Team Building

Mental health is a big issue for many of our students. Some of our young adult 18-26-year-olds, like in FIELD’s Environmental Conservation Corps, have experienced different types of traumas, which has impacted their ability to take advantage of opportunities presented to them. Some have had to drop out of school for reasons beyond their control. Most of our students have never had the support or direction needed to help them become successful.  

That’s where FIELD has come in. FIELD takes these students and gives them hope and a vision for the future. We pay them, train them, house them, offer them mental health support and even transportation. Then we put them together with other young adults who have been through many of the same struggles. We teach them about careers in environmental restoration, recycling, early childhood education, firefighting, construction, solar and agriculture. Someday, we hope they can see themselves being successful and even participating in shared-ownership businesses. We help build peer networks among these corpsmembers that give them reliable support with their colleagues.

Recently I drove six hours up to the Big Basin Redwoods State Park located in Santa Cruz County to visit a group of corpsmembers who were cleaning up after the big rains there. They were doing remediation in the state park at the site of the CZU Complex.

The storms had washed away trails and there was mud, fire damage, and a broken clean water pump. The corpsmembers camped there for eight days on, working 10-hour days, then came home for six days off. They had to park near the camp at the end of the road, then haul their tools the last mile to the worksite. We’re talking about power saws, fuel, gas, water and food.

They lived together as a team and began to build community by trusting in each other. Maybe, just maybe, they could start to see themselves as part of a successful team — relying on each other, dreaming together and maybe even someday owning their own cooperative enterprise with their cohorts on the crews.

After spending a day and night with them (yes, I camped out there with the rest of the crew of 11), I was so moved by their dedication to their craft. I joined them, carrying lumber and tools up and down the hill. We made dinner together around the campfire. At first, they didn’t talk about their backgrounds, but as I spoke to them one on one, their stories blew me away. I heard about their challenges in life: being abandoned, homeless, living in their cars, beaten up, dropping out of school, not having enough food to eat, being rejected by their parents, abused by their foster parents and even ostracized at school because they were poor and didn’t have nice clothes. I could feel their collective pain.

Once they opened up and started sharing their stories, their community as a crew began to grow. The next morning at breakfast, it seemed different. There was more camaraderie, a low buzz among the crew. That’s what we want at FIELD. Building community a day at a time, one good experience at a time, one team-building exercise at a time. And best of all, these students were getting paid, fed, clothed and housed while they learned new skills.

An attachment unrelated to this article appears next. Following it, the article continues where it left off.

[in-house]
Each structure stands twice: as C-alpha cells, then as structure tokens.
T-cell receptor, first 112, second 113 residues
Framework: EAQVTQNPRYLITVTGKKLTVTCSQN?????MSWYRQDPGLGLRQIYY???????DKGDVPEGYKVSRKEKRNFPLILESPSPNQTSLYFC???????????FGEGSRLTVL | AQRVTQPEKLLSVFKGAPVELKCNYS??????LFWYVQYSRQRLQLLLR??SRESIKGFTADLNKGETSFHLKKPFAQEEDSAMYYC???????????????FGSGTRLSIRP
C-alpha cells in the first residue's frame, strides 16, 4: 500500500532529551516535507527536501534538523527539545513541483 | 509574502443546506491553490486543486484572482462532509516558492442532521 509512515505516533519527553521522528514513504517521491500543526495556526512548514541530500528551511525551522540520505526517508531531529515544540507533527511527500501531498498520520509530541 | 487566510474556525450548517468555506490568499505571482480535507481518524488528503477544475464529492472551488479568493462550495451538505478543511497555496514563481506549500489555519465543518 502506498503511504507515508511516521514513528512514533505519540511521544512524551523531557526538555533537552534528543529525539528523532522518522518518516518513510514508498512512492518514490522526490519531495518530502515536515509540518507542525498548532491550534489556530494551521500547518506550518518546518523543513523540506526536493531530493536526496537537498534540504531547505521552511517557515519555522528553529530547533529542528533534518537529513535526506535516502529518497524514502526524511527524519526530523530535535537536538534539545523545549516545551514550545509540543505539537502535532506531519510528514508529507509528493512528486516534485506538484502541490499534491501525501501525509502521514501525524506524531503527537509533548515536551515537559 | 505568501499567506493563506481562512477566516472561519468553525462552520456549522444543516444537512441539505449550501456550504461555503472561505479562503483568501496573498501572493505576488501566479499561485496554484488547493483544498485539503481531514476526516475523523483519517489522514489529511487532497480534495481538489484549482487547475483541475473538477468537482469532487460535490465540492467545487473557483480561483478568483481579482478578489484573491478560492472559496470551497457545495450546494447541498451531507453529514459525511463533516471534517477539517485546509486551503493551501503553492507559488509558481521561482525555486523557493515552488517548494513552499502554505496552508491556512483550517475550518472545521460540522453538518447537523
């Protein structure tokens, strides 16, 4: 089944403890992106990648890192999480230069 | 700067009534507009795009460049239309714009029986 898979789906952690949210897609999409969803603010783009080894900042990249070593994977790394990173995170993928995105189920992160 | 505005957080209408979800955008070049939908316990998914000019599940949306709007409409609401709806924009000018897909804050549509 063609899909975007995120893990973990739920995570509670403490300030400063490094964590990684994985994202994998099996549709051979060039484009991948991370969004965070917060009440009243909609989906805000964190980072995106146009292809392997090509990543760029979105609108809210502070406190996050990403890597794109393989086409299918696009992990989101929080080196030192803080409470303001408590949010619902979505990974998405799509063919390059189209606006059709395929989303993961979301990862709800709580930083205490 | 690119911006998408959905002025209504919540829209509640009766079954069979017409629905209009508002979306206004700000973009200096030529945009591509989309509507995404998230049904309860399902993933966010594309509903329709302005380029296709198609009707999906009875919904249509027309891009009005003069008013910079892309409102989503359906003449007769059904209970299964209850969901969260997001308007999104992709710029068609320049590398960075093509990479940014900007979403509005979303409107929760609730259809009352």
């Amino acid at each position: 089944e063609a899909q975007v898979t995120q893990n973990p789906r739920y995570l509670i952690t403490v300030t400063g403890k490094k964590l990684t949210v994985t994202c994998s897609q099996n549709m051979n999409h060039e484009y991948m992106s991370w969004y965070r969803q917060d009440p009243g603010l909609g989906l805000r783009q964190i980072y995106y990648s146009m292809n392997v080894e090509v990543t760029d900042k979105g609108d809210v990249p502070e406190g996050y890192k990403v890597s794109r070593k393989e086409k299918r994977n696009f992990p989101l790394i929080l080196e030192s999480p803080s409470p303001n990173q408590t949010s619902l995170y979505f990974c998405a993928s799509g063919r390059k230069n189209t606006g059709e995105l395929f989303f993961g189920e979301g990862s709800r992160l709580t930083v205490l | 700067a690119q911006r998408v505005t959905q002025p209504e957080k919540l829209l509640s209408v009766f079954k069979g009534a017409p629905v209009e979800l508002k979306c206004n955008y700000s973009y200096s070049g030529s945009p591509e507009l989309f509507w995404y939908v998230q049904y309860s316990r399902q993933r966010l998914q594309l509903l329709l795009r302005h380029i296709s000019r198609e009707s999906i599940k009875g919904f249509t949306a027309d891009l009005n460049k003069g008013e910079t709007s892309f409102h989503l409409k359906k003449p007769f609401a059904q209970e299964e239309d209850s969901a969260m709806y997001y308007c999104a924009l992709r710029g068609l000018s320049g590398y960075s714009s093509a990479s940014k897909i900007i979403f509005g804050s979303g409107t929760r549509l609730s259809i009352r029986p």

But FIELD wants more. We want our students to dream big -– to see themselves in the future of an enterprise as a shared ownership business, taking care of themselves, their families and their community. FIELD is here to change lives and give these young people hope. That’s why it’s so important to keep these corpsmembers together, working as a team with the same supervisors, so they develop a genuine camaraderie, a new family, and can see potential.

Social and emotional training is key to building their confidence. We want to replace any trauma filled experiences with good experiences, one small victory at a time. The remediation effort at Big Basin Redwoods State Park is an example of how this can happen. They were doing good. They were in nature. They were with colleagues collaboratively solving problems. They could believe in themselves and in each other.

Just imagine how successful they can be when we have enough funding to get trailers with showers and stoves up there. Hopefully, that will be coming soon.

I have some other good news to share. This past week, FIELD signed a partnership agreement with the Kern County Fire Department to help with the emergency support service throughout the county, including but not limited to cleaning up whole swaths of flooded areas from the recent rains and snowmelt. This exciting new contract will put more than 100 of our corpsmembers to work. FIELD has the vehicles, the supplies and trained personnel. Now we just have to roll up our sleeves and get to work.

More on other exciting partnerships we are developing next month. Stay tuned. You ain’t seen nothing yet! Si, se puede!

Thank you/Muchisimas Gracias

David Villarino Gonzalez 
President/CEO FIELD